A funny, musty chateau and a funny town to match it, unplugged altogether from the rhythm of Greater Paris and not plugged in to anything else – as though the irrelevance of James II’s court in exile still hung around it. The chateau faces a portentous classical church, some faded old streets and an elegant semicircular-ended railway station, the terminus of one of the earliest lines in France; it was opened in 1837 as far as le Pecq and then carried up to Saint-Germain ten years later, originally as an atmospheric railway. All these peer at one another in good-natured incomprehension: the traveller is perplexed but not rebuffed.
The chateau itself was effectively a rebuilding or vertical addition by Francis I to a medieval keep, to remind him of what he had seen in Italy. His memories turned out to be of the flippant brick and stucco style of Lombardy which the Italians themselves quickly discarded for more serious things. And Saint-Germain, designed by Pierre Chambiges in 1539, was subjected to a shakedown in the 1870s and 1880s which accentuated just that unreality that hampered the original design. It only remains to add that the museum of prehistory which is installed here smothers some moving things in an avalanche of shards and bored custodians. In the moat there is a copy of part of Trajan’s column, inscribed ‘REPRODUCTION GALVANOPLASTIQUE’. Just so.
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Embedded in all this is a medieval Sainte-Chapelle, and the violent repairs of the nineteenth century have if anything entranced the basilisk stare of this ferocious monument. It was built for
Saint Louis in 1230-38, fifteen years before the Sainte-Chapelle in Paris and, it is presumed, by the same designer, Pierre de Montereau. It was certainly built by some moonstruck advancer of the human race, for he could have quite happily jumped into the middle of the nineteenth century: his windows stretch from buttress to buttress, flat-headed and filled with what here seems to be a contemptuous geometrical arrangement of arches and circles. Inside, to sustain this, the great windows need a pointed inner skin which supports the vault; we apologize: steel was invented five hundred years too late. And in the west wall, now blocked, is the most audacious and arrogant rose window of all, filling two thirds of the whole surface. No wonder French architecture didn’t know what to do next. Inside this formidable cage there are exhibited Gallo-Roman sarcophagi from Provence, pagan by birth and Christian by adoption. They are worth looking at.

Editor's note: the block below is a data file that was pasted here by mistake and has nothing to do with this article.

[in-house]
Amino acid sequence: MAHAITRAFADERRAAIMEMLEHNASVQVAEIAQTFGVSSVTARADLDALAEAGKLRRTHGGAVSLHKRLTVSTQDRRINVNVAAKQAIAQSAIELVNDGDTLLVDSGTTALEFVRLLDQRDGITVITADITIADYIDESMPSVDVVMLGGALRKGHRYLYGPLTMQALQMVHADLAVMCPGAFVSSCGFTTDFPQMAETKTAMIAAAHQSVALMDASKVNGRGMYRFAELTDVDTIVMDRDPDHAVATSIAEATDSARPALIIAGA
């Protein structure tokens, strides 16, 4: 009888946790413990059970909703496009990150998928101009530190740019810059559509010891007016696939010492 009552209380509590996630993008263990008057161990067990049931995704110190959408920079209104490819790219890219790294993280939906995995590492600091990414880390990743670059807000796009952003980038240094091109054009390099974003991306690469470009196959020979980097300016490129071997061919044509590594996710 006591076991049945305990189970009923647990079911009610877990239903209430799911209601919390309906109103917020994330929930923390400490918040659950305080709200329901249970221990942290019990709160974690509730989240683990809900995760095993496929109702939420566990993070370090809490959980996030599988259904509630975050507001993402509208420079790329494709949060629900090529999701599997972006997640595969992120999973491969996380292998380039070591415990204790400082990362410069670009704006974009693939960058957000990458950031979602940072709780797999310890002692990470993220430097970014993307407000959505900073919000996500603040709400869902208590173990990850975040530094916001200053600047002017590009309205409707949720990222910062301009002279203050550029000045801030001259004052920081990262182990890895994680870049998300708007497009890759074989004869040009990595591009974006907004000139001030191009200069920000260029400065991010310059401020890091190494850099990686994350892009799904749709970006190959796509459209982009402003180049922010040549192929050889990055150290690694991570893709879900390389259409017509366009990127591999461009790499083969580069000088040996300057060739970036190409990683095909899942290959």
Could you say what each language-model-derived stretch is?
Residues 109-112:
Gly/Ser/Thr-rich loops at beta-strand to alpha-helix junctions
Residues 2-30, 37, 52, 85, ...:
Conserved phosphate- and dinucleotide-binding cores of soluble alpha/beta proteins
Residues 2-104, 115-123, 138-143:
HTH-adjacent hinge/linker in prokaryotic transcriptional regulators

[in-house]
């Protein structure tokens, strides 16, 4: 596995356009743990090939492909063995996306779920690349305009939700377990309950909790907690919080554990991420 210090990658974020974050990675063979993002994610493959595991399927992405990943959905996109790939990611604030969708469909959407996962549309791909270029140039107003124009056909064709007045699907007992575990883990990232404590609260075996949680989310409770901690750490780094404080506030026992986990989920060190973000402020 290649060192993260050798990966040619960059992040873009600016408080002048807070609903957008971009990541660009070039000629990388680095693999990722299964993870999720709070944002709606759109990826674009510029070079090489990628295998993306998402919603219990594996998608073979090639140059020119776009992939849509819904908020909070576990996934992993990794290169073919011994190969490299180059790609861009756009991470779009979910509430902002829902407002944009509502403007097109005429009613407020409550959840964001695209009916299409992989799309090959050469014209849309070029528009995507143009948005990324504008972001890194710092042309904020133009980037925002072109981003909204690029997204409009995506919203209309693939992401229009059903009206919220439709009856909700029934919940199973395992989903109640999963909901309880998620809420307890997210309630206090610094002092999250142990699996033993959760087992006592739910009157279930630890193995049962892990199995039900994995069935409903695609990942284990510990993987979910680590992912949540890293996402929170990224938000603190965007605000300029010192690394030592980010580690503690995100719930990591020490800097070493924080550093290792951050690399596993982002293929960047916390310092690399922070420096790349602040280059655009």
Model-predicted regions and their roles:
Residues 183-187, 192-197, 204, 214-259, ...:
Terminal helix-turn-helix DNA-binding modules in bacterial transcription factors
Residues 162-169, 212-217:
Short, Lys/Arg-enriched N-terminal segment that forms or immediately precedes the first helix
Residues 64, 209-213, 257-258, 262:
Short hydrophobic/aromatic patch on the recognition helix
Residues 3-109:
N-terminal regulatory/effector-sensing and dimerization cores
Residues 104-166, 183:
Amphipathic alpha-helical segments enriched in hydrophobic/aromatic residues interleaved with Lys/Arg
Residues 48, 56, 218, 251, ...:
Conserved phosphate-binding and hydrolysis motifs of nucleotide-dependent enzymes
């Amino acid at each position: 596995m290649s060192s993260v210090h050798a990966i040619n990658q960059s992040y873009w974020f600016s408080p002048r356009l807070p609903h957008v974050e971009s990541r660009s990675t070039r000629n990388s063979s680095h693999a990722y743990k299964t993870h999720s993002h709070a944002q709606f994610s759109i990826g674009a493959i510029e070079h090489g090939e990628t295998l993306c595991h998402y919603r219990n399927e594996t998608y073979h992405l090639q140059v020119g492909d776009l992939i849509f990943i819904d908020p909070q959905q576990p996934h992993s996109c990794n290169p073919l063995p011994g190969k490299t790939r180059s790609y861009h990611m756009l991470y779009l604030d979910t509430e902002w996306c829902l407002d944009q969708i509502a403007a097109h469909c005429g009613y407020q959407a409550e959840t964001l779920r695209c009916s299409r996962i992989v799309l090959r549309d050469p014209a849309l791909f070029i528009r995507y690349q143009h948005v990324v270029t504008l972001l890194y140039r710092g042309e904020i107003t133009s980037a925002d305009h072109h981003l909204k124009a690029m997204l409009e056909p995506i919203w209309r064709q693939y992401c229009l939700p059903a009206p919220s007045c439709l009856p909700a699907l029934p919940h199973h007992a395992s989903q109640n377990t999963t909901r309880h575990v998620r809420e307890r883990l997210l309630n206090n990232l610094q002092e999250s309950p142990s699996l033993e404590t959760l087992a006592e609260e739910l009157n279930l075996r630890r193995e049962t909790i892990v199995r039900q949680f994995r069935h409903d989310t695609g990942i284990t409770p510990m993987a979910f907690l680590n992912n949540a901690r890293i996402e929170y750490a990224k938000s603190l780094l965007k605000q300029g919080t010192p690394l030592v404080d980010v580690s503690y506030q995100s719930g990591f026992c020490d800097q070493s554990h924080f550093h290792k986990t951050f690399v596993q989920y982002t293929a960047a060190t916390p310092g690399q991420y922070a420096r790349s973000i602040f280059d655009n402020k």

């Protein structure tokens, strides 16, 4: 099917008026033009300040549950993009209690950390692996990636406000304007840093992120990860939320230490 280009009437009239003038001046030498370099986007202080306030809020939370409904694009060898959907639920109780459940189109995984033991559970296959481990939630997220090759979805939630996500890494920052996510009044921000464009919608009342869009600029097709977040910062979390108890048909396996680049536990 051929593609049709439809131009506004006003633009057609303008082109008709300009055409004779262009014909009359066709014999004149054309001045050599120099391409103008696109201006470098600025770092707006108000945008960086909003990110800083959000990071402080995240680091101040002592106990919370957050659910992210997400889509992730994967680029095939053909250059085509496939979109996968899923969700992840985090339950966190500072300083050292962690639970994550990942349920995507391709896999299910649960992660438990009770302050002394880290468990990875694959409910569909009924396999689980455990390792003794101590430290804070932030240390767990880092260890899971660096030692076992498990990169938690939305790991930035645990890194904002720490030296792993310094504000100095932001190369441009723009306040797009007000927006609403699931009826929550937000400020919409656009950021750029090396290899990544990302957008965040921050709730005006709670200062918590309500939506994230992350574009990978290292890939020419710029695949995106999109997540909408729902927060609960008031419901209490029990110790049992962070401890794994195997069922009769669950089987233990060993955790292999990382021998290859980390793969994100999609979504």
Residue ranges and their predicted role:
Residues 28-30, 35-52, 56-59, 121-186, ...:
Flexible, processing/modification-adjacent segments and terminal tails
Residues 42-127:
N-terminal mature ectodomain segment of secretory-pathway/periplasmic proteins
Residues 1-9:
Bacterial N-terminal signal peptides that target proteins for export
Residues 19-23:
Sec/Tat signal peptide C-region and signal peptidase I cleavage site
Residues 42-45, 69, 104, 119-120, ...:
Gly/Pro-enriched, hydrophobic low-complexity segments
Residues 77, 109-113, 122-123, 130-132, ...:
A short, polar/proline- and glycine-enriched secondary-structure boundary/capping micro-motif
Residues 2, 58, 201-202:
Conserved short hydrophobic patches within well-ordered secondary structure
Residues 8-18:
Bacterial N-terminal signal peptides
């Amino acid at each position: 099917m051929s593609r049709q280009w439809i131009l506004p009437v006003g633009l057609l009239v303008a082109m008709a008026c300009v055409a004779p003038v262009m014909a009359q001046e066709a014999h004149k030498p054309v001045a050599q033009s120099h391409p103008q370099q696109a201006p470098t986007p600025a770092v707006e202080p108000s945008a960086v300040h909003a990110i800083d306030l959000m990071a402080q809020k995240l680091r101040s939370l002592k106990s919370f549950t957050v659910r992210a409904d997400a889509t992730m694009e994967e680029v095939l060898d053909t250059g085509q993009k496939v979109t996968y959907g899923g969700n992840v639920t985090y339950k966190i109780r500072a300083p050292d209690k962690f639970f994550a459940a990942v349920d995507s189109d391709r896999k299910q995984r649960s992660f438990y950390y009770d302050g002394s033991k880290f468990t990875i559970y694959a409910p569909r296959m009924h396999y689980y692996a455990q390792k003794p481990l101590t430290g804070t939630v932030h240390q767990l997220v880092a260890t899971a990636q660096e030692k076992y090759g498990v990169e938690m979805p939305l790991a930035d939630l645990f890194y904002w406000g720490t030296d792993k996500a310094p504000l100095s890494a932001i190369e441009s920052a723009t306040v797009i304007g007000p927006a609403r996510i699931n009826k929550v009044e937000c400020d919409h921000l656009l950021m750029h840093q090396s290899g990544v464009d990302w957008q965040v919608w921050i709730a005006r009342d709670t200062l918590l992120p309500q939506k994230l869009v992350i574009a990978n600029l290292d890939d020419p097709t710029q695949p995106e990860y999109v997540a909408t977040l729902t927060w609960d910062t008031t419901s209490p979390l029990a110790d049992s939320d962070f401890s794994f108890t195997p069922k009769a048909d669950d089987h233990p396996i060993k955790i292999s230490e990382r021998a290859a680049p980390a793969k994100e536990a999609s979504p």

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An unlikely setting for one of Bosch’s most penetrating summations of human frailty, The Charlatan. And, also, a superb portrait of an elderly Dutch lady of the seventeenth century, carrying the experience of both her own life and the artist’s. It deserves to be attributed to Rembrandt.
Reached through a grille between chateau and railway station, this is the one truly magnificent thing at Saint-Germain. It was laid out by Le Notre and took four years to complete; he finished it in 1673. The site is a bluff above the Seine, about a quarter of a mile from the river. Le Notre made a terrace, with the view on one side and an avenue of lime-trees on the other; and that terrace is a mile and a half long. But, in spite of this, it is quite different from the other formal axes up and down which the unwary visitor may have trudged. It implies liberation, not constraint: the whole of western Paris on one side, the tall trees on the other, and an invaluable dip in the middle which I would be prepared to bet that Le Notre would have preferred to straighten. Human life can play itself out against this generous framework where a less single-minded layout would distract too much: it must be a marvellous place for a discussion. The immediate foreground is a ragged set of allotments and for the rest there is one of the prettiest of view-indicators, all done in some kind of faience, supplied before the war by the Touring Club de France.